A few days ago it was the first day of spring. Since then we have had about three inches of new snow. Someone even built a snowman(person?) near the front entrance. The snow is melting again, leaving large brown patches of dead grass, muddy roads and little rivers of water running through mud clumped fields. As I walk down the roads the old beer cans that have been covered since November are now glaring in ditches, the cattle seem to be mud-caked wonders.
At this time of year I wonder about all the romantic images of spring. The sappy paeans to spring flowers seem inappropriate at best and delusional at worst. Spring seems more like the temporal and geographic equivalent of purgatory, an awful, interminable in-between state that has neither the pristine promise of white snow blankets nor the green fecund reality of summer greenness. It is a grumpy, difficult time of year that shows no sign of ending.
But I wonder whether this mud time, when it is hard to believe much less see the possibility of transformation, is a metaphor for our monastic life. There are frequently days when it seems like living with all these people, each of us with our own unique brand of brokenness, is an interminable slog through mud. There are days when it seems like this mud time won’t end, that flowers will never bloom, fruit won’t bear, the reality will always be dirty snow, patches of brown dead grass and a sea of mud.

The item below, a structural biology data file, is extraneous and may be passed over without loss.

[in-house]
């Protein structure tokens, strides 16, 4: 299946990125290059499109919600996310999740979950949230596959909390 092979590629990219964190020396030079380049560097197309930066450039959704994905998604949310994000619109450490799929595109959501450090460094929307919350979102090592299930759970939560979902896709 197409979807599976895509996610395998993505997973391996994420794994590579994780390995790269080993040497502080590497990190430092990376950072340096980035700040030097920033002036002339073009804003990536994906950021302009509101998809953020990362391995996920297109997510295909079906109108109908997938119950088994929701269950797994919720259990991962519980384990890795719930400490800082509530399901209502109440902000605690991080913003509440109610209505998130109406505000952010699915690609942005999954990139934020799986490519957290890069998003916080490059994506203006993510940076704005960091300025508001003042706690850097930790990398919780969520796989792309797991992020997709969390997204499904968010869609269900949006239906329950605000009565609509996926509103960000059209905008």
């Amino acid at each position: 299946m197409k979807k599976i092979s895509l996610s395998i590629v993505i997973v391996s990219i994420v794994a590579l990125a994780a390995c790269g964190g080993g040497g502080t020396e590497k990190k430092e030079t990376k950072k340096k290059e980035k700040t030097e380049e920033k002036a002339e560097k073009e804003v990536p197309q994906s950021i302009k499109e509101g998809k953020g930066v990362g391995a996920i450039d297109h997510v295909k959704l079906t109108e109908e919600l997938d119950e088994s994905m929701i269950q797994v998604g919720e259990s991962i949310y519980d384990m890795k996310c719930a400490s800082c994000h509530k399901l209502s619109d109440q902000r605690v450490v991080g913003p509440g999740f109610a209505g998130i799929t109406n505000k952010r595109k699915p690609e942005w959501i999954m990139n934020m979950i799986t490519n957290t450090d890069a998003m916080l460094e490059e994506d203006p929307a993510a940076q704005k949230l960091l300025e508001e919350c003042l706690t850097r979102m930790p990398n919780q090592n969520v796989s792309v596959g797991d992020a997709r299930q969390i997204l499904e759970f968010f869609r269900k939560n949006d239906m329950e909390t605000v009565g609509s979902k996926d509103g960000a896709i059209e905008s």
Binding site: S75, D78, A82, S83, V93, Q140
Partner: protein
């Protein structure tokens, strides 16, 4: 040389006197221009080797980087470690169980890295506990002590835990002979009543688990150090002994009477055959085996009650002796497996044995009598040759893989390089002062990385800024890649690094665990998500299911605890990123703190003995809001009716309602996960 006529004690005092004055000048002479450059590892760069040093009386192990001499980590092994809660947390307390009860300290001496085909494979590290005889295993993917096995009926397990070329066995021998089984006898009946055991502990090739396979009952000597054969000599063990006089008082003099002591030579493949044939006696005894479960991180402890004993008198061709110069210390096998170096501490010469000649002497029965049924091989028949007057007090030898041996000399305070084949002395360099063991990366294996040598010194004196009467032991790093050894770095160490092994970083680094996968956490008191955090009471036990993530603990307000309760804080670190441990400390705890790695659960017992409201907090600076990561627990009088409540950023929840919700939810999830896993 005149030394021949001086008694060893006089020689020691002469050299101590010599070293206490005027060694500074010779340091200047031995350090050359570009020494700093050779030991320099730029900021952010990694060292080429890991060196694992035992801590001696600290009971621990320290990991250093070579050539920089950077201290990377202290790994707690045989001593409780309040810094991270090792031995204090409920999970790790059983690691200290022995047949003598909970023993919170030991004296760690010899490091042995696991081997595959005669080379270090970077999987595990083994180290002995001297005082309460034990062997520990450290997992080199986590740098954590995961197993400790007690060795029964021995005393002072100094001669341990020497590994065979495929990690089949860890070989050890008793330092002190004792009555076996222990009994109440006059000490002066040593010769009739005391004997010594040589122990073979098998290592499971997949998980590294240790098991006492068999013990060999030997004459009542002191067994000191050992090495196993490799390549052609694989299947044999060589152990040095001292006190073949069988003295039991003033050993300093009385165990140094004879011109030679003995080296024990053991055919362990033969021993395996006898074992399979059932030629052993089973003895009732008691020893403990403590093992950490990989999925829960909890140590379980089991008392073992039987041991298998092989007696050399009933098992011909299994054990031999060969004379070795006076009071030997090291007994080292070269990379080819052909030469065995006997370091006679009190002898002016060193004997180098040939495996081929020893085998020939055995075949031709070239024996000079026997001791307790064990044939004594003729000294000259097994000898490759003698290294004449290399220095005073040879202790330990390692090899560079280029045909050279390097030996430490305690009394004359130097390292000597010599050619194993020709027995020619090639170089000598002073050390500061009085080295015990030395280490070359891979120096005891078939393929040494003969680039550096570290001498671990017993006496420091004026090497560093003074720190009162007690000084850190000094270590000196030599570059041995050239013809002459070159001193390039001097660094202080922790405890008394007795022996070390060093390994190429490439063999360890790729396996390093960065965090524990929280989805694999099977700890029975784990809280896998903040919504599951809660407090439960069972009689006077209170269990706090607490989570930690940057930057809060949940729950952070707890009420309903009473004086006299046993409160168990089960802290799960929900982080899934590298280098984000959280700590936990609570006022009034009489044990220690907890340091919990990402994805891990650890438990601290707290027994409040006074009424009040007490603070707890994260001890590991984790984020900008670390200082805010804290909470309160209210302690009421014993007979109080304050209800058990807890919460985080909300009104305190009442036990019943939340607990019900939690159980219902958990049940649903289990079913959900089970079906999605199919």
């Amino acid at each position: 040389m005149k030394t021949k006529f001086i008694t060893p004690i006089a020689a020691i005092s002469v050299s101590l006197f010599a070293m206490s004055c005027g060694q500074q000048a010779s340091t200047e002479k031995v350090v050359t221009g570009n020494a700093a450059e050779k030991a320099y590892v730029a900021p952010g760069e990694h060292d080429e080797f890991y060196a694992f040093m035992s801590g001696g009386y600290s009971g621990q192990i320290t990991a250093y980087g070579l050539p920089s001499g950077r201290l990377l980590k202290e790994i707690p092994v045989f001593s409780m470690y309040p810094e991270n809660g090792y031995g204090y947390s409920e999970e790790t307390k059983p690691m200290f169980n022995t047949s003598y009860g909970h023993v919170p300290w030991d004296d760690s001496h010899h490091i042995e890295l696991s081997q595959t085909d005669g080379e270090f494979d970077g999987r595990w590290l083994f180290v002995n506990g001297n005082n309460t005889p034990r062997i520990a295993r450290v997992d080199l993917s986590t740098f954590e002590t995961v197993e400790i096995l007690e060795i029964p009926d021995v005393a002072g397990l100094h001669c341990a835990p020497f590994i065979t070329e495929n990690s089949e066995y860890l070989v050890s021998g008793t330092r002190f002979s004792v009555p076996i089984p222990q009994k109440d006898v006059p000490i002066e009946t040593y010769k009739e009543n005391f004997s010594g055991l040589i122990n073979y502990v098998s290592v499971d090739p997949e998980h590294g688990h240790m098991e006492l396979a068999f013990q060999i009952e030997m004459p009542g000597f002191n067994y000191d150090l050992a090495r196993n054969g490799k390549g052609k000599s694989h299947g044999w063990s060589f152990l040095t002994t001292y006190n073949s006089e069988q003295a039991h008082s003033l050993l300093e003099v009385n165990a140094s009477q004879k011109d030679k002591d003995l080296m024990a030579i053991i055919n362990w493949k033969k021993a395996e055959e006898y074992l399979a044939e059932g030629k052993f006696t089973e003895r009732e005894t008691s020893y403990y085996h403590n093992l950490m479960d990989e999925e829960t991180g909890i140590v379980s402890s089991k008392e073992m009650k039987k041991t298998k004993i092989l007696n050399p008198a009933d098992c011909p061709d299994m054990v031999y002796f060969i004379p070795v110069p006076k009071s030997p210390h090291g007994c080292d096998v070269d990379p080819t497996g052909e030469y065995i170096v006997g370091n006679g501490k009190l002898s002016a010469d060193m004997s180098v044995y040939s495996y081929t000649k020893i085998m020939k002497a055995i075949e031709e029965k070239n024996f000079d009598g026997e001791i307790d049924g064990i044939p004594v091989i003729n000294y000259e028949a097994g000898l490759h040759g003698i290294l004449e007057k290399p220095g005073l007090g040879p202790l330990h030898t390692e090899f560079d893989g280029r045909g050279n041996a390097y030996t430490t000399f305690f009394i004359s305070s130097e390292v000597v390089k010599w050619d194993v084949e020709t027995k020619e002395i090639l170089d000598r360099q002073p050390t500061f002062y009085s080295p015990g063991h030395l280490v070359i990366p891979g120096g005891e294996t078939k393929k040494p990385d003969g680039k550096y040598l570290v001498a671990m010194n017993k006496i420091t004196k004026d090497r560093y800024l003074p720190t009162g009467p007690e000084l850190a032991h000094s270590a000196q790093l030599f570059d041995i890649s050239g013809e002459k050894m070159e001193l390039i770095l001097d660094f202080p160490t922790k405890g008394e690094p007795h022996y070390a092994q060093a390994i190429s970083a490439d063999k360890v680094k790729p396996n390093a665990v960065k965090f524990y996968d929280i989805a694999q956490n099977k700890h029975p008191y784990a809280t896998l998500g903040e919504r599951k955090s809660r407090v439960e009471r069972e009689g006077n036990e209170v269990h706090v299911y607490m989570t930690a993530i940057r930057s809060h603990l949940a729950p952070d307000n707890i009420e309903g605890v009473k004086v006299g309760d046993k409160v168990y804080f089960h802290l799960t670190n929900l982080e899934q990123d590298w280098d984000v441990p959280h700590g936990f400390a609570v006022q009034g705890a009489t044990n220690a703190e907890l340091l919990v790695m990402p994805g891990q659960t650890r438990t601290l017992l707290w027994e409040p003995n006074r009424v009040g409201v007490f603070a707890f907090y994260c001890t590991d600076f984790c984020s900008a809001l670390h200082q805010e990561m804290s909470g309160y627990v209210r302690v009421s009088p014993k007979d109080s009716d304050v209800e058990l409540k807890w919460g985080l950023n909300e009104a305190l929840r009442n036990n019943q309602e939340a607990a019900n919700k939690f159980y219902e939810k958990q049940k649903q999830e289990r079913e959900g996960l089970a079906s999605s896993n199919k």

There are those days, but then something funny happens. The big picture is only mud, but the closer inspection so easily overlooked shows something else. Little blades of grass poke up out of snow and peek out of the muck, almost lost in soggy ditches they are a subtle hint of possibility.
In the mud of community it is easy to miss the grass. There are little hints of grass when someone patiently answers the same question over and over from the sister who doesn’t remember she just asked the same thing two minutes ago. There is laughter at the dinner table at some shared absurdity. New life comes when someone visits and feels the presence of God in this place. There is a promise of fruit in common worship and prayer when moments of grace pierce through our distractedness.
Living in community is living in mud time. It means living with patience that can be stretched to its limits. It means living in hope, living in promise, waiting for a change that is slow in coming, change that comes in jerks, fits and starts. Living in mud time teaches us to look closely, carefully, deeply. Do you see it? There, the subtle, fragile green of new life. It is coming. Just wait, believe and know that it is God’s work and not your own.